"The loan is paid off with ease."
A consideration mulled is to include the cost of solar water heaters in housing loans for home owners who either want to replace the old energy-consuming geysers or - when building a new house - to install the solar geysers right from the start.
Most houses of Arandis in the Erongo Region were equipped with SWHs almost 30 years ago, saving households thousands of dollars over the years.
The student hostels of the Vocational Training College in Windhoek and of the Polytechnic are fully equipped with rows of SWHs on their rooftops, cutting their municipal bills considerably.
The Polytechnic also houses the Renewable Energy and Energy Efficiency Institute, which was established with the blessing of the MME.
It is mainly funded by Denmark.
It conducts surveys on energy use and promotes savings on electricity usage.
There is also a plan by private entrepreneurs and farmers to establish a huge solar energy plant in southern Namibia, where the highest amount of sun radiation is measured.
"Just 64 square kilometres covered with solar panels would provide enough electricity for Namibia, the size of an average farm of 6 400 hectares and we would be self-sufficient and need not rely on electricity imports any more," a commercial farmer in the south of the country told The Namibian recently.
Another project, the construction of a solar or 'green tower', is also on the drawing board by a group of engineers.
The tower would be more than one kilometre high and collects hot air sucked up through its chimney, causing large turbines at its base to rotate and generate power.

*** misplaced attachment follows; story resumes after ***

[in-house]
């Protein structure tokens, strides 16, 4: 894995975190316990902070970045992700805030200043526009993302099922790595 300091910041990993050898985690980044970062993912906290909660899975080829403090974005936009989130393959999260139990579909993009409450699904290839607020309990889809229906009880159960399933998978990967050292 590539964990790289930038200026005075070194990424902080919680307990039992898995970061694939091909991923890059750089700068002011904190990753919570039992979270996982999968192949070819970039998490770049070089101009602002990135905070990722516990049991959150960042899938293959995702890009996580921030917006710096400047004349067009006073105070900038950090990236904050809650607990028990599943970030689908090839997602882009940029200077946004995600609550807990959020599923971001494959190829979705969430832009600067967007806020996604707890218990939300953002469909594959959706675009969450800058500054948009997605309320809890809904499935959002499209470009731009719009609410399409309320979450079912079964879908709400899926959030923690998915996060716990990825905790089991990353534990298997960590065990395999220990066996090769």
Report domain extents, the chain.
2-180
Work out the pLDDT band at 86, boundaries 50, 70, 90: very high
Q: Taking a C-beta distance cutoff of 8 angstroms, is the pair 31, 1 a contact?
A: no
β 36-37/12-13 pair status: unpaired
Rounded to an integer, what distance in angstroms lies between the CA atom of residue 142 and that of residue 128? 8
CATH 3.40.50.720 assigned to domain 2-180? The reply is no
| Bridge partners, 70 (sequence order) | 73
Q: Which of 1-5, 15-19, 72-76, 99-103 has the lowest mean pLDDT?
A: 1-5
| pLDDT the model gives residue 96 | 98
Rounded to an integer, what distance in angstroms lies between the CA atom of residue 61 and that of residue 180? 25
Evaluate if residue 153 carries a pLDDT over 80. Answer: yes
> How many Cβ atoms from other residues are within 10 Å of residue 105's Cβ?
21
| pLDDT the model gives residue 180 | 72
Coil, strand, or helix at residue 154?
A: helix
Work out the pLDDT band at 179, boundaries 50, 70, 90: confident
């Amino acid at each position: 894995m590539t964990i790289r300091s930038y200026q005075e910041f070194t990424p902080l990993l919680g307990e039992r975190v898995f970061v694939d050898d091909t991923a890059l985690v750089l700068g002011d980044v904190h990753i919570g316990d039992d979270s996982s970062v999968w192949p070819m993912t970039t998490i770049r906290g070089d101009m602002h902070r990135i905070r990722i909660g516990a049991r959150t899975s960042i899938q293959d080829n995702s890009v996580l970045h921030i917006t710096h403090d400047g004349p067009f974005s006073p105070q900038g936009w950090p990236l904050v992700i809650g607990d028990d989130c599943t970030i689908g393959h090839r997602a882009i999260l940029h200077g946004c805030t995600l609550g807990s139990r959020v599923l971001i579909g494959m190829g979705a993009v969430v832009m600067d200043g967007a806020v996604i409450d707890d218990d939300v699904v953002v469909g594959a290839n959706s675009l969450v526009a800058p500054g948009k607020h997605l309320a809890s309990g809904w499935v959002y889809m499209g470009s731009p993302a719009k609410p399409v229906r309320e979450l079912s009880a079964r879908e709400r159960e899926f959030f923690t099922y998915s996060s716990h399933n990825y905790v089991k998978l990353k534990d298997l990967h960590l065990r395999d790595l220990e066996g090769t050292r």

A group of German and South African engineers and academics gave a day-long presentation on the Green Tower Project to local engineers, technicians and energy experts last year.
According to Professor Wilfried Kraetzig, a smaller model plant was run successfully in Spain for seven years.
"A proper green tower power plant of 400 MW electricity needs to be 1,5 km high and 280 metres in diameter - but nowhere in the world has such a high structure ever been built," he admitted.
To collect sufficient hot air, a circle of 37 square kilometres with glass panels - which are heated by the sun during the day - would have to be constructed around the tower base.
They would not lie on the ground, but would be about on a three-metre-high platform and collect sunlight to add to electricity generation.
"Underneath the glass roof one can grow large-scale vegetables and grapes, since the total roofed area would cover 3,7 hectares like a huge greenhouse," his colleague, Professor Reinhard Harte, added.
"Growing flowers for export and fish farming (aquaculture) would also be a possibility," he said.
At the tower base 32 turbines would be installed and driven by the "hot air" to generate electricity.
If constructed in the Namib Desert, close enough to allow for a pipeline to the Atlantic Ocean, seawater can be extracted and desalinated to allow large-scale agriculture such as crop farming.
According to Harte, all these diversified activities would create about 25 000 jobs.
One solar chimney project would cost about N$6 billion, including a turbine manufacturing plant and a glass factory to produce the thousands of glass panels needed for the collector platform.